Eau Claire (WQOW) - For nearly six decades, some barbershops in Eau Claire have been sharpening their shears with a touch of tradition.
News 18 spoke with the owners of Govin's Barber Salon and Roy's Barbershop. Jennifer Miller, the owner of Govin's, said she took over the family business seven years ago, but Govin's has been in business since the early 1960s.
Cory Cooper, the owner of Roy's Barbershop on Water Street, said although barbering is becoming a dying art, his passion for perfecting a tailored hair cut hasn't.
"It's always something different. You don't always have the same thing back to back," he said. "When it turns into a job, that's when I'm going to quit."
While there aren't many barbershops left in Eau Claire, Miller said more people are becoming interested in the shops and their services. "Every hair cut is perfected like it was back then," she said. "It's kind of like home cooking. You know, we do it all by hand."
Taking a seat in the barber's chair has been a ritual for the regulars, especially those who have frequented the barbershops for 20 to 50 years.
Chad Smith, of Lake Hallie, said he's been coming to Govin's for 20 years and can trust the barbers to get a nicely done flat top while enjoying a nice conversation. "We talk about everything under the sun, and this is kind of like a safe haven for me to come and just be," he said.
Tom Miller, of Eau Claire, said he's been a loyal patron of Govin's for 50 years. "I come in actually very routinely -- every three weeks, and Jenny's cut my hair for years, and she just cuts it the same way."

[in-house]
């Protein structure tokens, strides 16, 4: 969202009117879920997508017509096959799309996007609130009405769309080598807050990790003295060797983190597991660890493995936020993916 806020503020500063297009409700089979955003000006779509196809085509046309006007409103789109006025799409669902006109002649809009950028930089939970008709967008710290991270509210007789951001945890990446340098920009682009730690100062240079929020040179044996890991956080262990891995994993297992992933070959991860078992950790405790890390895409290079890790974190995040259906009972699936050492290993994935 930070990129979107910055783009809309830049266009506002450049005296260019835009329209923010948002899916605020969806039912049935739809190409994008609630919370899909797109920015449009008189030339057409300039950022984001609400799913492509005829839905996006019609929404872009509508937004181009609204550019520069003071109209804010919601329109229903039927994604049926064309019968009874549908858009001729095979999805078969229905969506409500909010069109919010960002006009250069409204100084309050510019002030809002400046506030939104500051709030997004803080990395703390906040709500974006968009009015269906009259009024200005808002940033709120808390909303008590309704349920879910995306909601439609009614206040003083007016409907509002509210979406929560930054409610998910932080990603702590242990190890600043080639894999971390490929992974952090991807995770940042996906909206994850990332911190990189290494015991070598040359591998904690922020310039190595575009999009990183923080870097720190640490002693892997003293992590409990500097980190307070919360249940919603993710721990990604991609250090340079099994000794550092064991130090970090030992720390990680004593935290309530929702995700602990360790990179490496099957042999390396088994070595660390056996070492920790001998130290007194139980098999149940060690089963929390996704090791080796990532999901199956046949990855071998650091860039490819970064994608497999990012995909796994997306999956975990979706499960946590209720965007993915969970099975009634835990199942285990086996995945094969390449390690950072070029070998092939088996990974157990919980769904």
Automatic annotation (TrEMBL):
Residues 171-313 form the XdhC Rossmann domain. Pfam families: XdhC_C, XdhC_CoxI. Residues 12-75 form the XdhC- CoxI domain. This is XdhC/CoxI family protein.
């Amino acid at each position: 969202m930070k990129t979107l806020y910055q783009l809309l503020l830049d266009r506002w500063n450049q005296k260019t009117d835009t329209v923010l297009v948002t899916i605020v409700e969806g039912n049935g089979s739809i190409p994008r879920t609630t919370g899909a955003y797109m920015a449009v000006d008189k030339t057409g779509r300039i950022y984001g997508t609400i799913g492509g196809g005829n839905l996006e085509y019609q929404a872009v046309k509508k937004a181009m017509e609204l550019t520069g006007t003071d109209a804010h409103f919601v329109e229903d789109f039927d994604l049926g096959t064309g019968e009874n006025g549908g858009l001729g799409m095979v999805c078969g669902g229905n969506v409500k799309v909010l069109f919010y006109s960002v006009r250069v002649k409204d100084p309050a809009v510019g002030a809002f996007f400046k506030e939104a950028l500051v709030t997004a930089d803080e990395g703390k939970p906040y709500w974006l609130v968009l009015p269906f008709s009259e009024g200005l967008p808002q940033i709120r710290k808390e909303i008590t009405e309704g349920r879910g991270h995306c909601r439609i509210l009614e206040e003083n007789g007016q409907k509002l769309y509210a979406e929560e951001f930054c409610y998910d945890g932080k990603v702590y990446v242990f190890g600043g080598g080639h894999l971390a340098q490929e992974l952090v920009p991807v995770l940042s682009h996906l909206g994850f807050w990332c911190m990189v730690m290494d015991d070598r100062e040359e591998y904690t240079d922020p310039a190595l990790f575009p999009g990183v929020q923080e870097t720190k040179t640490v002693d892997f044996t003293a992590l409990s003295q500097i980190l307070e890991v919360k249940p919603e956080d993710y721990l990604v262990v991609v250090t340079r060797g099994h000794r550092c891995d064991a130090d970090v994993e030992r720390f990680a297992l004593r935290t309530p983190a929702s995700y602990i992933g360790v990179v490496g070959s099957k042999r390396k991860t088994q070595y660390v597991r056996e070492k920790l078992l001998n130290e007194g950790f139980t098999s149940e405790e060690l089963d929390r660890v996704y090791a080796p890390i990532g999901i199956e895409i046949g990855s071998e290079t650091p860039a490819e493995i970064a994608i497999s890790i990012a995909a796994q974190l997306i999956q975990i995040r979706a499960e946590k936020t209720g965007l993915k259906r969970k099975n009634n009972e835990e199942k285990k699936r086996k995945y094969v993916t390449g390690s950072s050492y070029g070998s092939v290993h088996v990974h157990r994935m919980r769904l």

No matter your preference, whether it be long or short hair, or shaved, the regrowth of your mane keeps the barbers sharp on their skills and their tradition of keeping family as the focus of their business.
When you get a haircut, how do your stylist's shears stay sharp? One local man has been keeping them in tip-top shape.
It may look like a mini van on the outside, but the inside is actually busting with a successful business on four wheels. Steve Swope, of rural Stanley, started his shear sharpening business inside the van in 2009. His office consists of an oak stump that serves as his workspace, a desk with all of his tools and several metal shearing machines.
Swope said for all the equipment he has to use, setting up shop inside the hair salons and barbershops isn't worth the work. "What I was finding was I would stop in and I would -- they'd just have a need for just one or two scissor sharpenings," Swope said. "I was taking more time, and it was a lot of work -- taking this thing in and out, setting it up and tearing it down."
Currently, Swope sharpens and polishes shears for about 3,000 barbers and hairdressers across western Wisconsin. He said his van is on the road every day. So far, it's racked up more than 243,600 miles!